My name is Ashley, and I’m a Millennial Christian. (Hi, Ashley.) Being a Millennial means I’m on my smart phone all the time; I talk to my friends more on Facebook than I do face-to-face; I tweet; I Instagram; and I complain.
I am an expert complainer: I complain to my friends that all the guys my age aren’t grownups. I complain that I never have any money. And I complain, oh boy, do I complain about my church.
You see, I attend a great church, but there are a lot of things that bother me about it, and a lot of things I don’t understand. But week after week, I show up (at the 11 o’clock service, of course), find the same five friends I always sit with, listen to the sermon, and then leave with my head filled with a little bit more Bible knowledge. I almost always find a few extra criticisms about the worship music, the overdone stage, or the way it seems like nobody reaches out to newcomers.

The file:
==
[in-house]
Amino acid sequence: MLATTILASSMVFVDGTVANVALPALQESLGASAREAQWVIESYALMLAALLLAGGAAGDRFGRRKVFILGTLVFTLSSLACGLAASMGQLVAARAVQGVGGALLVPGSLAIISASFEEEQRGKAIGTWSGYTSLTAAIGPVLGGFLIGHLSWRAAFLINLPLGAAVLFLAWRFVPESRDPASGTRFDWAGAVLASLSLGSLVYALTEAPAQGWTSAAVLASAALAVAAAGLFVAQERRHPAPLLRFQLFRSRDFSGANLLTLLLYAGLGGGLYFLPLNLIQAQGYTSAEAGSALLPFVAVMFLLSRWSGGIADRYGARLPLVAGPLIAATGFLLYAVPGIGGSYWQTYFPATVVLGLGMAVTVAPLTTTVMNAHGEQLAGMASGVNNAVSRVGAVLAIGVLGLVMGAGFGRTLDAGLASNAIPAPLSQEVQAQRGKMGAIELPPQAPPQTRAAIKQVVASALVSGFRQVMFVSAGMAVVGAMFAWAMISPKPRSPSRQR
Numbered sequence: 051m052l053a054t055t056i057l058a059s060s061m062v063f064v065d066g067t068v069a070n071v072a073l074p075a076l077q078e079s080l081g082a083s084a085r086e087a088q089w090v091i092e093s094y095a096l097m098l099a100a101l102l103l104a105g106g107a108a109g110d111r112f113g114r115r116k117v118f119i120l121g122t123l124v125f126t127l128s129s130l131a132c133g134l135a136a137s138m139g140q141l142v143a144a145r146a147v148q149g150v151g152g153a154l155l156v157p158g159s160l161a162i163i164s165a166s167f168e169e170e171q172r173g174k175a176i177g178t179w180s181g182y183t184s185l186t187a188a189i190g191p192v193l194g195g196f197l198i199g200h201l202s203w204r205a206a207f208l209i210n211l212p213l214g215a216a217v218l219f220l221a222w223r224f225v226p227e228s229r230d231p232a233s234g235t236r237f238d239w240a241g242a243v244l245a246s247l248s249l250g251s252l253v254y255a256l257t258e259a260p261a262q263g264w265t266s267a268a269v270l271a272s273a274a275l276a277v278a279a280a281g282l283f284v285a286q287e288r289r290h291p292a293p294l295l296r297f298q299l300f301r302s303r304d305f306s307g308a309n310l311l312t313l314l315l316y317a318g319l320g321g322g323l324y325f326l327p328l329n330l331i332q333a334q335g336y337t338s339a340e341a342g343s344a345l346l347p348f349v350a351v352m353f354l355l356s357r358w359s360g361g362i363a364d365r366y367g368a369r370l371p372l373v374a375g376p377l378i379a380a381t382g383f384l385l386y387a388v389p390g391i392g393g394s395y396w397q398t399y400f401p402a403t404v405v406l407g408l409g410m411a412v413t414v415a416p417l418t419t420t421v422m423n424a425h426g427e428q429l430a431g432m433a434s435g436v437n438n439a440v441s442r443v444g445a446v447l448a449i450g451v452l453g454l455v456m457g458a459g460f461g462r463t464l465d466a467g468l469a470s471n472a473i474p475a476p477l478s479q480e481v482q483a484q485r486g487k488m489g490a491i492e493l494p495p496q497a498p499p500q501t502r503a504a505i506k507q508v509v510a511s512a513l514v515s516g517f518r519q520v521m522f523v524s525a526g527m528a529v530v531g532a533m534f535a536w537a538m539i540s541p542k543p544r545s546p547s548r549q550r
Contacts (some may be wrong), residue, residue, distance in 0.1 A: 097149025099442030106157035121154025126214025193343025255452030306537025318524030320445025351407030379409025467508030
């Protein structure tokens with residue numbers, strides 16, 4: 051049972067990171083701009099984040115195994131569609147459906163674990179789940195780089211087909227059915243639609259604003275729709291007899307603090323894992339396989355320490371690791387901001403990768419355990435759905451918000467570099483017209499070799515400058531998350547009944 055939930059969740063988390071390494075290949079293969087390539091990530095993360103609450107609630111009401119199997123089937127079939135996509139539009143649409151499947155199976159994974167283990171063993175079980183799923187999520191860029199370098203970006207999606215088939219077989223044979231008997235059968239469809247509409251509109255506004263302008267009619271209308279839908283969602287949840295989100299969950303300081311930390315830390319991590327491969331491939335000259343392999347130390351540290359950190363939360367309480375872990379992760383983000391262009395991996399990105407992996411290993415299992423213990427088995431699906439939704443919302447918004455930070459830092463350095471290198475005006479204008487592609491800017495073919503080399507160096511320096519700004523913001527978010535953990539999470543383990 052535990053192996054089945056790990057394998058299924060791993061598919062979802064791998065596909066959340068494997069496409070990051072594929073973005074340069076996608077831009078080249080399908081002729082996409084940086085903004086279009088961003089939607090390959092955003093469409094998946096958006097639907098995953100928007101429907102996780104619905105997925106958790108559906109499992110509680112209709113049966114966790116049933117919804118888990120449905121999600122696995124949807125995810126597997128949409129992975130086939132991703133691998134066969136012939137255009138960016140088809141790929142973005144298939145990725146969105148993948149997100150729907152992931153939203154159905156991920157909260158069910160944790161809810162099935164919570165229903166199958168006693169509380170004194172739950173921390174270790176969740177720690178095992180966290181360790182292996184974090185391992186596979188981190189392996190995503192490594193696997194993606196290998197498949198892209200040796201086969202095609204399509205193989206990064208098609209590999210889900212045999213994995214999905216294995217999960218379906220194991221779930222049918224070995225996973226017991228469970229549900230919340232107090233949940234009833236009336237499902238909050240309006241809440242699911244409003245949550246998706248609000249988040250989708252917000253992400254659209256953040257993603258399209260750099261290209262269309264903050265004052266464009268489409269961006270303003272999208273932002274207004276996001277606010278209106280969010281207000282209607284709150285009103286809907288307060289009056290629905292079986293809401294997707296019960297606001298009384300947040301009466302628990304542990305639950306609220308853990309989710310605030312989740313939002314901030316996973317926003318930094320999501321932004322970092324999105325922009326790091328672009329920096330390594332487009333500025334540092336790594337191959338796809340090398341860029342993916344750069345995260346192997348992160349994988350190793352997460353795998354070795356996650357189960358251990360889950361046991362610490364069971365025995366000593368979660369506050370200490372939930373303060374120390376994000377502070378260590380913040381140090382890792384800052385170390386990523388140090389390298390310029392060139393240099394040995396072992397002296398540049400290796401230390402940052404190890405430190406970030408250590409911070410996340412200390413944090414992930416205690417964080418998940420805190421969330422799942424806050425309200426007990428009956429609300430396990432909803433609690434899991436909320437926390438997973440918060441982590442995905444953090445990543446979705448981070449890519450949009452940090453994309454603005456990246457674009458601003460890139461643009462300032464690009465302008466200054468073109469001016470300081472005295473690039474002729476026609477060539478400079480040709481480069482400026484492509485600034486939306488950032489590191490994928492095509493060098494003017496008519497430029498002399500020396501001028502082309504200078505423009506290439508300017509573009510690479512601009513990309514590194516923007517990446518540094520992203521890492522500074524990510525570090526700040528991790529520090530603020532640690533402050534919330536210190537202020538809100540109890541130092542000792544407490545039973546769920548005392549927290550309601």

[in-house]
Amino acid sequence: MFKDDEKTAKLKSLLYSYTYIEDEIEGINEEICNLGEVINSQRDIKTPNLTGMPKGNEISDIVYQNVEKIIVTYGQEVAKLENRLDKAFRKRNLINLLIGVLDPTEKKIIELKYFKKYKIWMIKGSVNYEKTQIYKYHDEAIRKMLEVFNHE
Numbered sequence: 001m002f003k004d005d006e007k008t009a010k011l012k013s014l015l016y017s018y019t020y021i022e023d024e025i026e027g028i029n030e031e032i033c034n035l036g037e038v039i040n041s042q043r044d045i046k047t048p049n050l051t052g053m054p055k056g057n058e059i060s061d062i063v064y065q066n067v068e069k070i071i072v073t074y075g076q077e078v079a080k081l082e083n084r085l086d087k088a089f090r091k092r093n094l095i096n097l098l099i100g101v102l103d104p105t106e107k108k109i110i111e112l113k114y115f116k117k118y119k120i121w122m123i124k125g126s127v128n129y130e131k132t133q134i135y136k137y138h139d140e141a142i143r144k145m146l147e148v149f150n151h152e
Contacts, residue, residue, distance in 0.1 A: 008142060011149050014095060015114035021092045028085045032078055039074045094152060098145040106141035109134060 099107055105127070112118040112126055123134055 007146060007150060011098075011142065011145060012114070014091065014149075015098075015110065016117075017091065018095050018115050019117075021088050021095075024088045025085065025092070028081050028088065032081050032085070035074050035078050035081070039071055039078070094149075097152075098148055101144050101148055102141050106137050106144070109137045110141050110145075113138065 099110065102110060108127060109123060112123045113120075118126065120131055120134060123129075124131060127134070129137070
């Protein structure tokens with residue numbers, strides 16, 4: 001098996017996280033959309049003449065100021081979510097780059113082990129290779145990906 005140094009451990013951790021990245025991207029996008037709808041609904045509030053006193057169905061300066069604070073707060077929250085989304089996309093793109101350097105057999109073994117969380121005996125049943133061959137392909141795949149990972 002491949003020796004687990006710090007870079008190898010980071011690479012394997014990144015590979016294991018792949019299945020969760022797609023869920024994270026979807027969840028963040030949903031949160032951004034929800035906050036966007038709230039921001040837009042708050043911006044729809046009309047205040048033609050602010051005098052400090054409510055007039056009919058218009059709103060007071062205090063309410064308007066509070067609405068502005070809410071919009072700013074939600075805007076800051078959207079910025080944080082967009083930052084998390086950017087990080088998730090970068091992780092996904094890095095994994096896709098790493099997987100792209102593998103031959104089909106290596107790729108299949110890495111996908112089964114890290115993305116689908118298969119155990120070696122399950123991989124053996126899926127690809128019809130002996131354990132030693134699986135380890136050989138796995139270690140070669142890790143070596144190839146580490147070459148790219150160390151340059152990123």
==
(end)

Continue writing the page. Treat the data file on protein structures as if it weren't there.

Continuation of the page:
The same goes for my “young adults” group. I attend feeling cynical about the speakers and less than hopeful about the after-activities. I usually leave early, discouraged, mumbling something about how it’s all headed downhill and how “nobody goes anymore.”
I complain. I criticize. I worry. But I do nothing, because it’s not my job.
Or at least, I didn’t think it was my job.
Alas, God has a funny way of smacking me over the head when I’m skipping merrily down the wrong path, as I so often do.1